By Pat McElroy, Brett Matthews, Joe Cole, Elisabeth Fowler, Damon Taugher, Alixe Mattingly, and Hillary Hauser with the Project for Resilient Communities
It is with great disappointment to inform you that when the five-year emergency permits expire, the Project for Resilient Communities will need to remove the six debris flow “Swiss nets” in the canyons above Montecito by December 1.
Without strong local government support and budget for the six nets that may have to be cleaned out, without a guarantee that FEMA would cover those future costs, our small nonprofit cannot carry the risk associated with running a portion of a flood control system.
We feel strongly that the nets are an innovative approach to augmenting the existing Flood Control program and had hoped that the County would and could take over management of the nets going forward (monitoring and cleaning), but we are too far apart to come to an agreement in the sliver of time left for us to meet the conditions of our permits.
Our goal from the beginning of this public-private partnership was to create the most cutting-edge and innovative system possible to enhance our community’s resiliency, funded entirely by private contributions, and then to efficiently transfer these important community assets to local, state, and regional authorities as part of the County’s safety and public works system to help ensure the protection of our community. The extension of the permits and the county accepting the debris flow protection system of six nets as part of the system was always paramount.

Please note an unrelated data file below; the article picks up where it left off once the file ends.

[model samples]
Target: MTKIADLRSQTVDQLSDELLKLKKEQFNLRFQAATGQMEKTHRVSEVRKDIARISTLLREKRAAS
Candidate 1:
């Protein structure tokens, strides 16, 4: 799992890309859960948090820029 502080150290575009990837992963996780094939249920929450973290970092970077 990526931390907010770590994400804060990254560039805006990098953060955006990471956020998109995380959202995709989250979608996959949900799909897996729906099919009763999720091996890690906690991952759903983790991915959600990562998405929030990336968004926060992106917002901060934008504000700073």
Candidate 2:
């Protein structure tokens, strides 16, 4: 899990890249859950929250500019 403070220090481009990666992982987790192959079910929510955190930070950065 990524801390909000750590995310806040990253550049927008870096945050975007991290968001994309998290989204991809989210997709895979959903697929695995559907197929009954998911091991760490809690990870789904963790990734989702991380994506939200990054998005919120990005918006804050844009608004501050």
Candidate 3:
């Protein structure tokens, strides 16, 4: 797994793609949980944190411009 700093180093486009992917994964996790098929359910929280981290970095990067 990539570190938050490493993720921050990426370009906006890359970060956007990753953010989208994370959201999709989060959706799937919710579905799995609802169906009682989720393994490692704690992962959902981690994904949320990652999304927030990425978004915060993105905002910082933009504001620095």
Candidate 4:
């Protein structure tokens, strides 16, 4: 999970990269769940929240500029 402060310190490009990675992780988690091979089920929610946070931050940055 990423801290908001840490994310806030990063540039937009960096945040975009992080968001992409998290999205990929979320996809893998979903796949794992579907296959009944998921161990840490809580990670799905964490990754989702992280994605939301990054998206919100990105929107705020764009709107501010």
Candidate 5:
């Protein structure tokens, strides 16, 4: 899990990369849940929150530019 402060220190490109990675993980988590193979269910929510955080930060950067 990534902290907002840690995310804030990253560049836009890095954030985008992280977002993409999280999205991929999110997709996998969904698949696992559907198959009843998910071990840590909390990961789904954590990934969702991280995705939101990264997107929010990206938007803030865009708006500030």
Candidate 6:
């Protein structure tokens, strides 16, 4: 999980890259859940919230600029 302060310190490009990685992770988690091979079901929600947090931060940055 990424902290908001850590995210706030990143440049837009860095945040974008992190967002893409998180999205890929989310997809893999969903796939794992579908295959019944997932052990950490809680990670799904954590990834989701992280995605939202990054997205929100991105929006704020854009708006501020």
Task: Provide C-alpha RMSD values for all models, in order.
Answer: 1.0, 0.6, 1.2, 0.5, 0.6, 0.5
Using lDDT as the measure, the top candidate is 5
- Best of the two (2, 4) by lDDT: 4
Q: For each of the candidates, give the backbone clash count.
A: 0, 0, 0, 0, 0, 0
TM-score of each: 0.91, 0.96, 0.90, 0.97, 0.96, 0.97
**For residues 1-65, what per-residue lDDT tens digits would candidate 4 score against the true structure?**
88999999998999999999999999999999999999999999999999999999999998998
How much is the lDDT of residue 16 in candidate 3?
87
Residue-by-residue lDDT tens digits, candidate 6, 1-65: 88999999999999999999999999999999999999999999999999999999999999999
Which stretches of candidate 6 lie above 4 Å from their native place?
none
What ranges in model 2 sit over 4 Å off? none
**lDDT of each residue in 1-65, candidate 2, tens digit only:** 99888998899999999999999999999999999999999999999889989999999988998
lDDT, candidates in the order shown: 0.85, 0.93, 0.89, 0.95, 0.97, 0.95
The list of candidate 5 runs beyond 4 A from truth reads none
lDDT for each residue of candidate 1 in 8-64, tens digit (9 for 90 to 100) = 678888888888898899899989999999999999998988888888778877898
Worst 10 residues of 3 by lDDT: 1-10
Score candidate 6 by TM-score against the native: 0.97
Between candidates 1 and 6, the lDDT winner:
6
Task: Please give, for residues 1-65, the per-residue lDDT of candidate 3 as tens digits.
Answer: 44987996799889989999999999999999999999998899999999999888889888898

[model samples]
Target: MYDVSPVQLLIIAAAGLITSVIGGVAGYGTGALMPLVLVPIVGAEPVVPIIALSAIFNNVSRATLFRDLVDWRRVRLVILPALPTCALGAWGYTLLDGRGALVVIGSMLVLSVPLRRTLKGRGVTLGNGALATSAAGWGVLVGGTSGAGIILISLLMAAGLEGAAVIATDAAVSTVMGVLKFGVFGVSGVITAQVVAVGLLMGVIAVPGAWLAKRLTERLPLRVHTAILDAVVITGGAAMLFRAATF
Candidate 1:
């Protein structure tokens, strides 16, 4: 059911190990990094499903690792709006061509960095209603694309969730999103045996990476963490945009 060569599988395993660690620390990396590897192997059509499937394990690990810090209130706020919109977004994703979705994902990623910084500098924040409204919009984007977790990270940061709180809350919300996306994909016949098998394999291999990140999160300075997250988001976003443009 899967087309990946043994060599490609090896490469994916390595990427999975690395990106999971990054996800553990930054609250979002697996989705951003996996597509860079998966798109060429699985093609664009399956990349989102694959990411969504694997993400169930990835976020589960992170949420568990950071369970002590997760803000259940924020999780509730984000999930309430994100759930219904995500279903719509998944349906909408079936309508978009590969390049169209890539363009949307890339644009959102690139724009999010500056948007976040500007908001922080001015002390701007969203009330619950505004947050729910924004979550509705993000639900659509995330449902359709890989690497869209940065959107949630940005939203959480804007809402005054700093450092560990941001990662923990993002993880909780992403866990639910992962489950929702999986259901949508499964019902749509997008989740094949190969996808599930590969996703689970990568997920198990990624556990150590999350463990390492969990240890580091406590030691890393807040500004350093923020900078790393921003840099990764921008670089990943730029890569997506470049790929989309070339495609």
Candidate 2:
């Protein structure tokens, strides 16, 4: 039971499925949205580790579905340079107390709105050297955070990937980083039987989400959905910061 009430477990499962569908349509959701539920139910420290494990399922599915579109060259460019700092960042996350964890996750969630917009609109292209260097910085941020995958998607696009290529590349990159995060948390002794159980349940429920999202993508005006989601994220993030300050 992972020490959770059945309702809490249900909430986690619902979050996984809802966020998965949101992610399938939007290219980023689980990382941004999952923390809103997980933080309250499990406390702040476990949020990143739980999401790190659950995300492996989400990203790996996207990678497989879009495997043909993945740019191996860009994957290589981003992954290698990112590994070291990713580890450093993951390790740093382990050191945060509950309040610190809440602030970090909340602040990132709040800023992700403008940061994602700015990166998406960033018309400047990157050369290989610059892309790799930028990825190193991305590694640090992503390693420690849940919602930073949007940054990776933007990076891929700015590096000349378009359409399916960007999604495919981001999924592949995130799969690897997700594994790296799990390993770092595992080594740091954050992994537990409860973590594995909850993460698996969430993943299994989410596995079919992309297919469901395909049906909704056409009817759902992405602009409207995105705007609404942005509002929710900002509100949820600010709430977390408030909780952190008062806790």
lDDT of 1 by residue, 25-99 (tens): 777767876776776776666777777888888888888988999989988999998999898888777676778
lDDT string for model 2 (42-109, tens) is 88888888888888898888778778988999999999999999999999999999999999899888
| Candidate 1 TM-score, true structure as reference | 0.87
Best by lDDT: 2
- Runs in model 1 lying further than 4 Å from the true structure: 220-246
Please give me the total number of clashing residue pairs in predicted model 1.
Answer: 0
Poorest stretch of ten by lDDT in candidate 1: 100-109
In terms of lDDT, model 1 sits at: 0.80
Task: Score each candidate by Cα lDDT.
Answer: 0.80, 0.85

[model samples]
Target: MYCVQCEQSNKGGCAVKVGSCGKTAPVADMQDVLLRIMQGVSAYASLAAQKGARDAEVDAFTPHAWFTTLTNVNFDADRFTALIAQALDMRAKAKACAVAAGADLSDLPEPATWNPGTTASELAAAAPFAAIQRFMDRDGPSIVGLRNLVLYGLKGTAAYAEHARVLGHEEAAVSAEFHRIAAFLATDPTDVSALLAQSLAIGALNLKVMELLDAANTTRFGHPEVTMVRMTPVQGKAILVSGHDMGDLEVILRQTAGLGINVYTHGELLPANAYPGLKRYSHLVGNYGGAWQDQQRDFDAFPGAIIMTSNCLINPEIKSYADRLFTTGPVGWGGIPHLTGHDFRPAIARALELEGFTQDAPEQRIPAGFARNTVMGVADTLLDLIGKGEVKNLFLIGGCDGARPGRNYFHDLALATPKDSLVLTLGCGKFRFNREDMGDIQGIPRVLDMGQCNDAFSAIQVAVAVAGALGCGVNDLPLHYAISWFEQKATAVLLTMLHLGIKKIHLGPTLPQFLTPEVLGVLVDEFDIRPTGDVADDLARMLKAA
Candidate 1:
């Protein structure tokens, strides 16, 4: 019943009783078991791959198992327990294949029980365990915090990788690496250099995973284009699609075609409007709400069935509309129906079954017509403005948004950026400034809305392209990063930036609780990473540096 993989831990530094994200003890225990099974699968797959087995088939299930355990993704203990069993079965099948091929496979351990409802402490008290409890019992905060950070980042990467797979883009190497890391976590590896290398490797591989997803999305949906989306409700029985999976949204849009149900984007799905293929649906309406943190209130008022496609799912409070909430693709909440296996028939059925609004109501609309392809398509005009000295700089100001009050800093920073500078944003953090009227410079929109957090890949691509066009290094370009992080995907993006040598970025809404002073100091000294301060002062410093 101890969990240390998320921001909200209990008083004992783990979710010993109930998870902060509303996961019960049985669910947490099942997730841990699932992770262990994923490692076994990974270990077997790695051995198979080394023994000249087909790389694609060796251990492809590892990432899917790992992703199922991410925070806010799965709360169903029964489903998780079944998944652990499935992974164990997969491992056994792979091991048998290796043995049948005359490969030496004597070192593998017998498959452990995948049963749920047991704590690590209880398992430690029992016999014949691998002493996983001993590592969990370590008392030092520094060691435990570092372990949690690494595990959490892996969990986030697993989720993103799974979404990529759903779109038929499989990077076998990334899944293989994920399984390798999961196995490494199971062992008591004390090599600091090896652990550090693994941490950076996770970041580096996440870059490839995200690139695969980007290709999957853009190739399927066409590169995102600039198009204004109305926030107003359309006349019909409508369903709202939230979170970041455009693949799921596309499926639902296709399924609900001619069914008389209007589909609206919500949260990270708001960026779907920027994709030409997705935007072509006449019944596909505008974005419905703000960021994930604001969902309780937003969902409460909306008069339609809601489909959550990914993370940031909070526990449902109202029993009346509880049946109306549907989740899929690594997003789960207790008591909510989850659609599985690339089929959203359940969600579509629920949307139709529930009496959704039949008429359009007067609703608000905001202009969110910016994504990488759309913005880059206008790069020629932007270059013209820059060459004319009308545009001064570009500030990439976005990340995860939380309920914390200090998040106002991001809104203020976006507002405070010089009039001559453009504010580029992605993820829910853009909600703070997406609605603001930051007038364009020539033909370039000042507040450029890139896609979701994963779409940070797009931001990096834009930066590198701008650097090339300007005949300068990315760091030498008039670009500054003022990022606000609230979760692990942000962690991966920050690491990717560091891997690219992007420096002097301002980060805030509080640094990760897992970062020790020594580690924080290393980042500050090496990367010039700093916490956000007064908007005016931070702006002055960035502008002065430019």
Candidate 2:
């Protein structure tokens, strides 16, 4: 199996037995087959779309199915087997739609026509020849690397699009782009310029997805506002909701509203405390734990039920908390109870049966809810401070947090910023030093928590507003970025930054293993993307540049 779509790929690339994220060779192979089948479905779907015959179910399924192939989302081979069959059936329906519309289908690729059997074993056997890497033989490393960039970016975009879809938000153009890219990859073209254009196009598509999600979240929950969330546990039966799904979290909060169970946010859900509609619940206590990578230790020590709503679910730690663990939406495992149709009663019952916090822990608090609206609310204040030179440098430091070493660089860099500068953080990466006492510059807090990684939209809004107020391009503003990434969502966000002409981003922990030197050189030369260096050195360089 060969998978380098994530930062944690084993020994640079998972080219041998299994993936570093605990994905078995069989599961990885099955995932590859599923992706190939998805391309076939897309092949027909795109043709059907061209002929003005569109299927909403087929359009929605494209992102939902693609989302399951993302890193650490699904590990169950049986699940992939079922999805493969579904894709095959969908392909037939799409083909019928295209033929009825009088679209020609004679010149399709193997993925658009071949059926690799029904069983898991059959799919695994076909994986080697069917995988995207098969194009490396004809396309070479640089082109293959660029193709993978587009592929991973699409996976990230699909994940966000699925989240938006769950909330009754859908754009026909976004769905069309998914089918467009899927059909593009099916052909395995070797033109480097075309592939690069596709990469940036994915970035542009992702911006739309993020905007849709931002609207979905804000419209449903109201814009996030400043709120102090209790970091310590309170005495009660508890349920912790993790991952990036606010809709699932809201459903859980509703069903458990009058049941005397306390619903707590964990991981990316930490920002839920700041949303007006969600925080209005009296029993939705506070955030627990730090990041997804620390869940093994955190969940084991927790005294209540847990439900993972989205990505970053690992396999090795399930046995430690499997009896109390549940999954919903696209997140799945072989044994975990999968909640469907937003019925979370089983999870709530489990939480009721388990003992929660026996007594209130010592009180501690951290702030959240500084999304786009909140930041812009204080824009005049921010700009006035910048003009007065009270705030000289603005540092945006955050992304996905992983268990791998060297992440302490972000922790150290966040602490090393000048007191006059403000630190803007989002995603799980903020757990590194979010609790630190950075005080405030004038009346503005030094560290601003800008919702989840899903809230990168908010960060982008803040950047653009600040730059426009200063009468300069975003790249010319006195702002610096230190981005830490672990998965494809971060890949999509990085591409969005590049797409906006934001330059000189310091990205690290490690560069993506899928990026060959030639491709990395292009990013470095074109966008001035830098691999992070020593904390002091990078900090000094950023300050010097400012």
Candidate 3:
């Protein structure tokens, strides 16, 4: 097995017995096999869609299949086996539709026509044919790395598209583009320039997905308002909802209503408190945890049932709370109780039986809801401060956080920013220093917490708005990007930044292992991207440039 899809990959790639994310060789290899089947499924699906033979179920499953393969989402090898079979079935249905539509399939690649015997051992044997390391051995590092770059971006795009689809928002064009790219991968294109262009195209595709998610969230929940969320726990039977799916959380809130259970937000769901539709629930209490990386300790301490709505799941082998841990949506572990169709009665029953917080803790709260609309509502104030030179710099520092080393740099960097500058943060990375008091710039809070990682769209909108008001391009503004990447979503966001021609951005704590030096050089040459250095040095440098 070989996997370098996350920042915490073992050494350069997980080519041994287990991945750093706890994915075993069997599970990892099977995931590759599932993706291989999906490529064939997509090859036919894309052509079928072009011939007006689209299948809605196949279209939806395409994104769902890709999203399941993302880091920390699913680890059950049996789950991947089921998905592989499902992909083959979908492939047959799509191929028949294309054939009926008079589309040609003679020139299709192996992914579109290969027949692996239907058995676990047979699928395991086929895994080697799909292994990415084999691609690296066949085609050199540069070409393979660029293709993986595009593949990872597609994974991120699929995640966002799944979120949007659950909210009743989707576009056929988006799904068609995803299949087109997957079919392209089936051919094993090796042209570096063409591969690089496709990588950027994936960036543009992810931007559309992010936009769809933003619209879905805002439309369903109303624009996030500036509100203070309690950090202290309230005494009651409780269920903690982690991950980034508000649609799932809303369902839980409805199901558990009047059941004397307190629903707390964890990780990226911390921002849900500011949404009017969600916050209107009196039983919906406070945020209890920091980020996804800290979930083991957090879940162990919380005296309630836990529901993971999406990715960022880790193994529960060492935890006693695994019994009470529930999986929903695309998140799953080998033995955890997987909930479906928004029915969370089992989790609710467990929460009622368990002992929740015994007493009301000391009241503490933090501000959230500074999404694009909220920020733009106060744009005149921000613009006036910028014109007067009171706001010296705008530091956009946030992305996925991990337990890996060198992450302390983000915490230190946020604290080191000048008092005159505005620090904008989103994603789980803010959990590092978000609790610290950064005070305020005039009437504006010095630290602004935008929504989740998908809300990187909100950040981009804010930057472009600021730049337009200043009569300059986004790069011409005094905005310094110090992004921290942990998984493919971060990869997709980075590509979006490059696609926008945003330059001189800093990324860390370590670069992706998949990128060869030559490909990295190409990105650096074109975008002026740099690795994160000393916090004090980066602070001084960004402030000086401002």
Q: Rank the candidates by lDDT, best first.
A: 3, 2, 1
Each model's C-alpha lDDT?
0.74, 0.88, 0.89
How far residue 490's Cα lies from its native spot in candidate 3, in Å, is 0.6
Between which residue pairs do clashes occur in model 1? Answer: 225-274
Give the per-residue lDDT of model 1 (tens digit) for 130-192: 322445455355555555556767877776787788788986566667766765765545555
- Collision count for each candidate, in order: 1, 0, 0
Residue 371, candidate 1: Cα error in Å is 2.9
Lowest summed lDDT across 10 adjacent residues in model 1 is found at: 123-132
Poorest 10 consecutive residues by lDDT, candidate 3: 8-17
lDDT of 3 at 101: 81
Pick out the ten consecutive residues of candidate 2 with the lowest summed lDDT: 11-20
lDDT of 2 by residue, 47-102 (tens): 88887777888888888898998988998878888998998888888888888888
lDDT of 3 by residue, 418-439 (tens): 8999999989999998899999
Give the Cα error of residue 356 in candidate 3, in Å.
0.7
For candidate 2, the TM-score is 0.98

To now remove the nets is a most difficult decision, reached only after many months of good faith effort and discussion, but we have been unable to reach an agreement with the County, and we cannot continue to rely on private donations from the community to sustain this work.
The changing climate has increased the high probability of increases in the frequency of the fire/flood cycle that is a feature of life in our county. We must keep planning, and not forgetting, that we have a responsibility to be resilient in our communities, to face the challenges that are surely coming, and to do all we can to lessen the impact. We will continue our effort to support the county in any and all ways going forward. And we feel confident in the county’s existing flood-control basins and manpower, and knowing that much has been learned over the last five years.
The nets initiative could not have happened without a supportive and resilient community and brilliant people coming together. From conception to installation to a proven mitigation solution, the debris basin nets were a worthy initiative and the mission was accomplished.
We are humbled by the incredible collaboration and coordination over the last five years, of every person, expert, donor, and public agency involved, as well as the leadership of some of our elected officials. We together created an historic achievement in a highly protected environment and the The Project for Resilient Communities playbook will continue to serve communities nationwide.
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